The Server Side's Java Symposium TSSJS 2011 was back in March so it is something of a mystery why the keynote given by James Gosling is only just receiving attention. Moreover the reports seem to be getting the wrong message entirely.
A number of news items are using the headline
"James Gosling Says He Doesn't Care About Java"
or something similar and we have a short sound clip presented as a video to back it up - see below.
However if you do listen to what is said the story is very different.
The point he seems to be making the point that the important part of the Java infrastructure isn't the language but the VM - Virtual Machine. The VM was the great idea of the late 1970s which can be best summed up as don't target a particular machine architecture but target a simulated machine that can be implemented on any other machine to provide a uniform operating environment.
This use of the VM idea allowed language designers to create tools and languages that would work on any machine that had a version of the VM. This was the start of the Java "write-once-run-many" idea that has never really worked in practice. Equally the VM allows mixed language programming because the output of the translators is to the same target. This seems to be the virtue that Gosling is promoting most.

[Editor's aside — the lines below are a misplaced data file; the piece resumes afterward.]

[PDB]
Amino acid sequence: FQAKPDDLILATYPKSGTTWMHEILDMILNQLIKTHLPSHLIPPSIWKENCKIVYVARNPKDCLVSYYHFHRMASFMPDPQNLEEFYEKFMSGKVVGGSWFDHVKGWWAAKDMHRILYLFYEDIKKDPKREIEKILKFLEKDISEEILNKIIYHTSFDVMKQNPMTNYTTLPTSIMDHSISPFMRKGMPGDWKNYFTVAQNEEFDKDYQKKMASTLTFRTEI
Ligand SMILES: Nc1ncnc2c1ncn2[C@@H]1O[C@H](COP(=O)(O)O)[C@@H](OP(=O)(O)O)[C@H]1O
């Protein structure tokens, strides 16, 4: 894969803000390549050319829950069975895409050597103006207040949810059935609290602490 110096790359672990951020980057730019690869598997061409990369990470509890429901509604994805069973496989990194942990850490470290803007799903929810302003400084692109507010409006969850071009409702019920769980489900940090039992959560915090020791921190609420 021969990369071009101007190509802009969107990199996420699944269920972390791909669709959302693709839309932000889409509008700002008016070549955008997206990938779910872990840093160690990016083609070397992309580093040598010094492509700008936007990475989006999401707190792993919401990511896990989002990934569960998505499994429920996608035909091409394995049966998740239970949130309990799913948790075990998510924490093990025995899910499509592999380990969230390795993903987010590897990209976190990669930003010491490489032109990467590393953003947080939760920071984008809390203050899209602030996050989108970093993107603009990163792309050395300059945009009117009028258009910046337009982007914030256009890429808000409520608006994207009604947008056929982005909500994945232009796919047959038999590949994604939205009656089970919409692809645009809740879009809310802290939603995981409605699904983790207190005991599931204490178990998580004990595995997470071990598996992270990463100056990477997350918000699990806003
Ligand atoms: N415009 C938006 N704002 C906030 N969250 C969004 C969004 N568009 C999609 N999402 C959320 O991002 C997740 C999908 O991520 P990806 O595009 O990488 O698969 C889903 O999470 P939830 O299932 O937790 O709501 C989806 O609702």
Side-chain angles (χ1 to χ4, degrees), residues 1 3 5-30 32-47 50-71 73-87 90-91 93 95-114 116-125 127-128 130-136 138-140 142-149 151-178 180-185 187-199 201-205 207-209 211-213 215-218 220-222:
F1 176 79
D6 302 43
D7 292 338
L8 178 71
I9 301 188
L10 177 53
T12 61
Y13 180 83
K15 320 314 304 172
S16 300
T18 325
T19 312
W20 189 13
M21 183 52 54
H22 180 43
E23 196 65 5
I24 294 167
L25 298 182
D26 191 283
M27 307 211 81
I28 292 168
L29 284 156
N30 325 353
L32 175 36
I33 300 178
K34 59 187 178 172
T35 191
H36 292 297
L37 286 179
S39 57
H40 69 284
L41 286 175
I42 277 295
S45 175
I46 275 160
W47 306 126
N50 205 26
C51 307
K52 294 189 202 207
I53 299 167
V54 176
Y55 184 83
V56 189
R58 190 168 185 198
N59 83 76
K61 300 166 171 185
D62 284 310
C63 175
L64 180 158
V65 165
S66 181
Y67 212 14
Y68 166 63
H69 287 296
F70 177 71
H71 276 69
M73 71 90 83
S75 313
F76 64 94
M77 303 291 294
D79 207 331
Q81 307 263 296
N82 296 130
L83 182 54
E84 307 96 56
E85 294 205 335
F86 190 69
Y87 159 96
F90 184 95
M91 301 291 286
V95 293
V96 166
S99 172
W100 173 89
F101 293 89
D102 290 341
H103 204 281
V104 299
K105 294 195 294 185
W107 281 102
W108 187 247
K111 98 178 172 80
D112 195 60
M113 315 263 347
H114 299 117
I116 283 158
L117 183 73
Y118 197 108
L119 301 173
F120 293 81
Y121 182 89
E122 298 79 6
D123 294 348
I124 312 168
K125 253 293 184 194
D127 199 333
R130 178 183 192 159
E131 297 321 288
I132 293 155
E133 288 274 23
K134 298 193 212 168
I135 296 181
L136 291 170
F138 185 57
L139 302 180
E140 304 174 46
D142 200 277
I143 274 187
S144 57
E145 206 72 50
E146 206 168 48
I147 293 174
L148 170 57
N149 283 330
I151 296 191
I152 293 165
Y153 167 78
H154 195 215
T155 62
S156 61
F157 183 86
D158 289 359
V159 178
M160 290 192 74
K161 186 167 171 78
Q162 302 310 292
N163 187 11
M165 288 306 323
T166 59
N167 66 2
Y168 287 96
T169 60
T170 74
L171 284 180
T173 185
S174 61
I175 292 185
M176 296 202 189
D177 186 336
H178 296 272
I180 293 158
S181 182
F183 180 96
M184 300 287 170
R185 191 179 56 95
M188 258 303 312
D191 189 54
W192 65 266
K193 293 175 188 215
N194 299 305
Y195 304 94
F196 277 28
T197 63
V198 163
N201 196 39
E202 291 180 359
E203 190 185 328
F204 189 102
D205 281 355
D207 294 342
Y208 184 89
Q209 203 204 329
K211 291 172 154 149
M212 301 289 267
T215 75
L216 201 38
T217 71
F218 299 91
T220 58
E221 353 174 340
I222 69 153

"In the non JVM world being able to go back and forth between languages is almost impossible. In the Java world it's remarkably straightforward."
This is true but not always a wonderful idea as different languages used on the same project have a way of obscuring what is going on rather than revealing it.
Finally he says:
"Java happens to be a really good language for a broad spectrum of topics."
So he seems to think that the value in the Java ecosystem is in the JVM and for him, clearly, if Java was to be superseded by, say, Scala then it would still be the Java ecosystem.